Security of Biometrics
If my template is compromised, does
that mean that I can never use the biometric again?
Not in a well-designed system. If a
criminal steals or guesses your password, it is very easy to have it
changed. There is a fear, however, that if a criminal gets hold of a
biometric template, the damage is irreparable - there is no way to
change that part of your body. Although templates are often
encrypted when in transit and storage in order to protect against
such an occurrence, what happens if a template is compromised?
The answer depends on
how well a biometric system is designed. If a system allows a
template to be inserted into the verification process without
ensuring that this template came from an actual placement, a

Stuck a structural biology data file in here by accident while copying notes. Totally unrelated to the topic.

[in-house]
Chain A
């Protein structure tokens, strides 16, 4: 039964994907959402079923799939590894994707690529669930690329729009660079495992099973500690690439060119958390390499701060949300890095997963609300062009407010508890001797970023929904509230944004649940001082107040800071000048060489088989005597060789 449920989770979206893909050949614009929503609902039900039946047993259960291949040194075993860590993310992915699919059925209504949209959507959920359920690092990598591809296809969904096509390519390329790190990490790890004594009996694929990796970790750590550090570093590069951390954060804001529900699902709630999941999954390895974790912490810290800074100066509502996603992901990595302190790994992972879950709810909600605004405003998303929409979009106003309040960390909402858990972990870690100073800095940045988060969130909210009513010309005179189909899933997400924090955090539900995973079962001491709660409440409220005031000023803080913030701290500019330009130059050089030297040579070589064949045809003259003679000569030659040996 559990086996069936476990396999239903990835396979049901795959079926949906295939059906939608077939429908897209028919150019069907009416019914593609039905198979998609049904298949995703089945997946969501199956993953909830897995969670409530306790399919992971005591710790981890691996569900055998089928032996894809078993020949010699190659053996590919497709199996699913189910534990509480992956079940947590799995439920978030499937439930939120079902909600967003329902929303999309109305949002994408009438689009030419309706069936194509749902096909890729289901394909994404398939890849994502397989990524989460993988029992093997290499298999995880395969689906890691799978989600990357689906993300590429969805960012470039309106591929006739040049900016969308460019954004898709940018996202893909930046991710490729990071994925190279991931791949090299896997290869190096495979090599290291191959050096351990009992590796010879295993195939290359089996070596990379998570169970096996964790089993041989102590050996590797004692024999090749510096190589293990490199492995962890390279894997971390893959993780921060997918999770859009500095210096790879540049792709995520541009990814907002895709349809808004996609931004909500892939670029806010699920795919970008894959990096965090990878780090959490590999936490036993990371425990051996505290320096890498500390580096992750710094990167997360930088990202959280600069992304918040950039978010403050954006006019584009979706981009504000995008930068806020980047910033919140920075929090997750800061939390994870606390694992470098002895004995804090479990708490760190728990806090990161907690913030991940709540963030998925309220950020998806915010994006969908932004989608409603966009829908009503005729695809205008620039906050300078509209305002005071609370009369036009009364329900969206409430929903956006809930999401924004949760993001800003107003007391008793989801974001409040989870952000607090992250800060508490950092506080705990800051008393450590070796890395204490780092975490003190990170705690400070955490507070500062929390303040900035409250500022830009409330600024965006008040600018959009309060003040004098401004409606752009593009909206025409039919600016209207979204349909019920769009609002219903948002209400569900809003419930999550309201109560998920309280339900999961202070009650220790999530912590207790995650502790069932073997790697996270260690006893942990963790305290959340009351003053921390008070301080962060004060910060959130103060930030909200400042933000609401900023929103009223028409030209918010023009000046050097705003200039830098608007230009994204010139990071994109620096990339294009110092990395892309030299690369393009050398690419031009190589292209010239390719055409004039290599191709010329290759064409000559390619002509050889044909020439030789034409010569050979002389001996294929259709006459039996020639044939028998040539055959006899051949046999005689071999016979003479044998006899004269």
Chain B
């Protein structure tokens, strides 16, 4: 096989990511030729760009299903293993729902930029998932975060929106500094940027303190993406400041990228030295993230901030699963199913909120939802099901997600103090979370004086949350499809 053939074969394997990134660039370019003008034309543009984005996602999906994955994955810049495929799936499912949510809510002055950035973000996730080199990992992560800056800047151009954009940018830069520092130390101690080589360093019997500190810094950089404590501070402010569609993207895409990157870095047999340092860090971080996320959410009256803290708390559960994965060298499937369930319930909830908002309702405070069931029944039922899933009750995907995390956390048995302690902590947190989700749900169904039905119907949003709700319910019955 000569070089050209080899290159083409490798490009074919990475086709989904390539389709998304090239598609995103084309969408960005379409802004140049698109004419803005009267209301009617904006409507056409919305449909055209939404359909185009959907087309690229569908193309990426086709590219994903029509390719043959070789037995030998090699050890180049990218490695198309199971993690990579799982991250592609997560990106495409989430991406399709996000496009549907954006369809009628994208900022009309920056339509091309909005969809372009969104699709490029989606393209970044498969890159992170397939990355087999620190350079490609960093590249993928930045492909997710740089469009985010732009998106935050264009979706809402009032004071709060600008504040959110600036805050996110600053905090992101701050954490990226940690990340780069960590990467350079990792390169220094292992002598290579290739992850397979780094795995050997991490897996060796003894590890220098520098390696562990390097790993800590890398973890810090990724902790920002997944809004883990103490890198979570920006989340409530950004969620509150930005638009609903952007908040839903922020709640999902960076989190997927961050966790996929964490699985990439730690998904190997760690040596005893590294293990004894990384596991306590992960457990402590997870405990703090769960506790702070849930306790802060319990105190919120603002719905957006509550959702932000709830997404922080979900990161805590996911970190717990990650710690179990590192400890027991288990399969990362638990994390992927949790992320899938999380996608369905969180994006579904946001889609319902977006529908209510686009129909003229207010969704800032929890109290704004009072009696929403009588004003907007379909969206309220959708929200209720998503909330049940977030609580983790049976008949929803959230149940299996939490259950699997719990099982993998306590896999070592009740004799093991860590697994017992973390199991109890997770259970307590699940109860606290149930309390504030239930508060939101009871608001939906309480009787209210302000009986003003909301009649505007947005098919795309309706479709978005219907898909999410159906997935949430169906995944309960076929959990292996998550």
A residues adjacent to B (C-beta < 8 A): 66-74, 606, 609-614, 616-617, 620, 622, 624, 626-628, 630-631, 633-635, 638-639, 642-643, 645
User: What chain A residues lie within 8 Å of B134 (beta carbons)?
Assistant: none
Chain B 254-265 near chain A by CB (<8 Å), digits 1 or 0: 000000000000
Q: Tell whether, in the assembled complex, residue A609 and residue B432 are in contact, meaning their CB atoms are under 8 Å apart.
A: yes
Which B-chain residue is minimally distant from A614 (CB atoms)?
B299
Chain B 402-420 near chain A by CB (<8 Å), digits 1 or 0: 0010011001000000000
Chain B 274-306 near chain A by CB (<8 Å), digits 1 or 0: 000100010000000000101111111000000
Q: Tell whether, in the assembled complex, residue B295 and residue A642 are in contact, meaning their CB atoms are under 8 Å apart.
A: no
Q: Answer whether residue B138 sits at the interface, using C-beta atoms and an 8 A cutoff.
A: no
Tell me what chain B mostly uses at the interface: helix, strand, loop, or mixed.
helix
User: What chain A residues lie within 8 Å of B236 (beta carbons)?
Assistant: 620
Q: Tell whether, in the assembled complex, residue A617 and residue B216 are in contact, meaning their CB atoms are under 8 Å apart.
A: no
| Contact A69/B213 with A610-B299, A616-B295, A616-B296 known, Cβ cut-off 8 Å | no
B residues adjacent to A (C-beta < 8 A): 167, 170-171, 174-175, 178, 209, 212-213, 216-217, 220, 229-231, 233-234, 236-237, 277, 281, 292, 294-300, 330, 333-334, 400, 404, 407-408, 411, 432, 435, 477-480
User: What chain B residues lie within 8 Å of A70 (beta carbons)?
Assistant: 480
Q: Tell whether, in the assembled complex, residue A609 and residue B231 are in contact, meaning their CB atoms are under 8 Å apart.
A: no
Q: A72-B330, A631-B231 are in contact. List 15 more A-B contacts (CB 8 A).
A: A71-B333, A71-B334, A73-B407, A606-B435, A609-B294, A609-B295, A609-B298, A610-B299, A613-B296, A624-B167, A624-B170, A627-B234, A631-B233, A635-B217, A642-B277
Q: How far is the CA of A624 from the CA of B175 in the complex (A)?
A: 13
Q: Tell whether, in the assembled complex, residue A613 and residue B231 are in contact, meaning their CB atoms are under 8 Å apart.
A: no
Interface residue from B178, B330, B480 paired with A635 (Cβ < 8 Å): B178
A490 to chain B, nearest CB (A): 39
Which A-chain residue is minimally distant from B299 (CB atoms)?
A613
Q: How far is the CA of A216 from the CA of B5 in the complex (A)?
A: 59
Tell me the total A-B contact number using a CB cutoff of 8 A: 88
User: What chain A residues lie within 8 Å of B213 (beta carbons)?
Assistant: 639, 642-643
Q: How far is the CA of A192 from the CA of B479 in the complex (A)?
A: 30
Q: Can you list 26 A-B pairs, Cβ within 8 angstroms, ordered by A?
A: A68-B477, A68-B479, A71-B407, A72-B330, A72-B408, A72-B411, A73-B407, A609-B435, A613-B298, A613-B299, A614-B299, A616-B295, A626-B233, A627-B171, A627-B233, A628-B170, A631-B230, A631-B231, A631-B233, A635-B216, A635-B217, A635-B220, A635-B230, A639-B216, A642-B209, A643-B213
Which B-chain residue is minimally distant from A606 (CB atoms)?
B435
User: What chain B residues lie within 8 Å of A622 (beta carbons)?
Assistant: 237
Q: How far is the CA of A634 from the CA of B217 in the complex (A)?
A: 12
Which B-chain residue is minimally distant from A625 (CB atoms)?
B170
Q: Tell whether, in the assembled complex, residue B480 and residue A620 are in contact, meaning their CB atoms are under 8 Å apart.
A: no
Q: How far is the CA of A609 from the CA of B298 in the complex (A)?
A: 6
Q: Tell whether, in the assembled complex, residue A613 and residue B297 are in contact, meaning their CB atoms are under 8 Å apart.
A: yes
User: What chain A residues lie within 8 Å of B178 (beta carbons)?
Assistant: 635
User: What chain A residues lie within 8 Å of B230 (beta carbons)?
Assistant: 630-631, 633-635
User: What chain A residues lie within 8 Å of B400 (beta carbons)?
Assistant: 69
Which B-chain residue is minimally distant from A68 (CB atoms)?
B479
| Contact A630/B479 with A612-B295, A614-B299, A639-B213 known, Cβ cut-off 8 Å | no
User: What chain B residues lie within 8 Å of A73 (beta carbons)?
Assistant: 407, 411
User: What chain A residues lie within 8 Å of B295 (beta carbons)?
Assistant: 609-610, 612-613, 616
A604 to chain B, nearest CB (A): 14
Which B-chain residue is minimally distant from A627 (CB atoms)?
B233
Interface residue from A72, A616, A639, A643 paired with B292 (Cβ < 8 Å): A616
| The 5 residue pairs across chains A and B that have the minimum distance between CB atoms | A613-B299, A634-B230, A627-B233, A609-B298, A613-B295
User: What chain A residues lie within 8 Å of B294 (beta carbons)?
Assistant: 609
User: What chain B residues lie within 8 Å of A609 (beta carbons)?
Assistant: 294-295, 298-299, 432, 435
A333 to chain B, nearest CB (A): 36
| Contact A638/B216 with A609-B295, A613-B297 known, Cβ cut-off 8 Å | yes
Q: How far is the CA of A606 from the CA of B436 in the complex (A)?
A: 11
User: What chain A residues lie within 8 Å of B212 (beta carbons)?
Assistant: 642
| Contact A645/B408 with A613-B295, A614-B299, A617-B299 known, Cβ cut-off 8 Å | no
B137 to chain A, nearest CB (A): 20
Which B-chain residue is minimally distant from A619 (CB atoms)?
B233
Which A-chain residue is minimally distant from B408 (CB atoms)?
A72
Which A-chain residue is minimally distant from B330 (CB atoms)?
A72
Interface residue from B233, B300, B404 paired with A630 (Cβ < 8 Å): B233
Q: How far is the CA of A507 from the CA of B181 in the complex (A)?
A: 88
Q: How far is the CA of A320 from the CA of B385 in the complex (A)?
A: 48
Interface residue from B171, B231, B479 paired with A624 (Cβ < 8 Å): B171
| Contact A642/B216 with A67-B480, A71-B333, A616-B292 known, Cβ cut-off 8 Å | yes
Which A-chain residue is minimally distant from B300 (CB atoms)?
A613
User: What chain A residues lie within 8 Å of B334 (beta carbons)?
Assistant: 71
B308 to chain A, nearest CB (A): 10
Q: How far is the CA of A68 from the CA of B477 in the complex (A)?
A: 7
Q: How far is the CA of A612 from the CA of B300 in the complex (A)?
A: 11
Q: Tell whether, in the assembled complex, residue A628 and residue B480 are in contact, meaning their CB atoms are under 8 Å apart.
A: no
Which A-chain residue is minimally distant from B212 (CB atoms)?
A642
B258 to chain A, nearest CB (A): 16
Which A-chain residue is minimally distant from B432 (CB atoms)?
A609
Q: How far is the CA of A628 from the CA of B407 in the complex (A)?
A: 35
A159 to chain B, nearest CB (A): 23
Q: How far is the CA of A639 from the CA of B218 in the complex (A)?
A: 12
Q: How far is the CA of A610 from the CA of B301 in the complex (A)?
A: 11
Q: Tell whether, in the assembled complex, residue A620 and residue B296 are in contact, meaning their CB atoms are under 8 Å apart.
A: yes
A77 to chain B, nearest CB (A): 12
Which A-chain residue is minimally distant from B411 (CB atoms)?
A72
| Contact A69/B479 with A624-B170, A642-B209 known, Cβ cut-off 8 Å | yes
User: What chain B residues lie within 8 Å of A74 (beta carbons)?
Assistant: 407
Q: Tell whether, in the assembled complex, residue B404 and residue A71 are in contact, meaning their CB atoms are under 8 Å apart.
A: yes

compromised template can pose a problem. However, a well-designed
system will ensure that the information it is analyzing is not a
recording but is in fact a new sample.
One way to assure
that a new template is being submitted is to seed the request for a
sample. This involves the biometric system sending an encrypted
random number (known as a seed) to the biometric sensor. This number
can be encrypted such that only the sensor itself can decrypt the
message. When returning the biometric template, the sensor also
sends the seed number back (encrypted). This ensures that the
template being sent was created immediately after the request for
the template (as opposed to an old template that has been recorded
and played back).
The size of a template
varies by technology and vendor. It varies from 9 bytes to as much a
2kb. Fingerprint template is normally about 500Bytes in size.
Templates can be stored in databases or files.